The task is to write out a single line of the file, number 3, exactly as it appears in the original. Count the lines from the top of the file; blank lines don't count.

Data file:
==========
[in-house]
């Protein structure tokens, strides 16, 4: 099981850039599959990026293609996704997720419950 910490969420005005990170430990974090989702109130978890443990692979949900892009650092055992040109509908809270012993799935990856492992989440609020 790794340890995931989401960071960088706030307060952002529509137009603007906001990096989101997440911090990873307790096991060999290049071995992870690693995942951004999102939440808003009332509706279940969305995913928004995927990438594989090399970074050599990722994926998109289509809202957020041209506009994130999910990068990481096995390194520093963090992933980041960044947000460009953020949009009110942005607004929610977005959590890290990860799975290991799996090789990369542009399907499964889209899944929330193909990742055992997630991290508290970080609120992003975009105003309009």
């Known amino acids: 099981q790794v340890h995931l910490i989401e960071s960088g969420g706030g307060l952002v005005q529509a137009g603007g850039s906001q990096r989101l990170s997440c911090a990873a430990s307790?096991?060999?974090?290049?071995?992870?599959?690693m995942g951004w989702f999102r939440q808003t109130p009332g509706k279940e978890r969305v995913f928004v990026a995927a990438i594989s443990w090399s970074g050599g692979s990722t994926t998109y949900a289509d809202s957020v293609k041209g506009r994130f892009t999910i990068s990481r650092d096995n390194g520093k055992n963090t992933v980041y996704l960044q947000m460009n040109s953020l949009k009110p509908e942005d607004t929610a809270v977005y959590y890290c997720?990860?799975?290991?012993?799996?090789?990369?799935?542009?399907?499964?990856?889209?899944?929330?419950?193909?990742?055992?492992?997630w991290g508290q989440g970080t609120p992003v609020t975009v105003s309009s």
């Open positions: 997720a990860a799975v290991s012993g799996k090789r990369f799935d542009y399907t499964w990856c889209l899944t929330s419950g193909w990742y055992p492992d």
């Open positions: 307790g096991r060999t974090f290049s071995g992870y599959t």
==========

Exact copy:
């Known amino acids: 099981q790794v340890h995931l910490i989401e960071s960088g969420g706030g307060l952002v005005q529509a137009g603007g850039s906001q990096r989101l990170s997440c911090a990873a430990s307790?096991?060999?974090?290049?071995?992870?599959?690693m995942g951004w989702f999102r939440q808003t109130p009332g509706k279940e978890r969305v995913f928004v990026a995927a990438i594989s443990w090399s970074g050599g692979s990722t994926t998109y949900a289509d809202s957020v293609k041209g506009r994130f892009t999910i990068s990481r650092d096995n390194g520093k055992n963090t992933v980041y996704l960044q947000m460009n040109s953020l949009k009110p509908e942005d607004t929610a809270v977005y959590y890290c997720?990860?799975?290991?012993?799996?090789?990369?799935?542009?399907?499964?990856?889209?899944?929330?419950?193909?990742?055992?492992?997630w991290g508290q989440g970080t609120p992003v609020t975009v105003s309009s």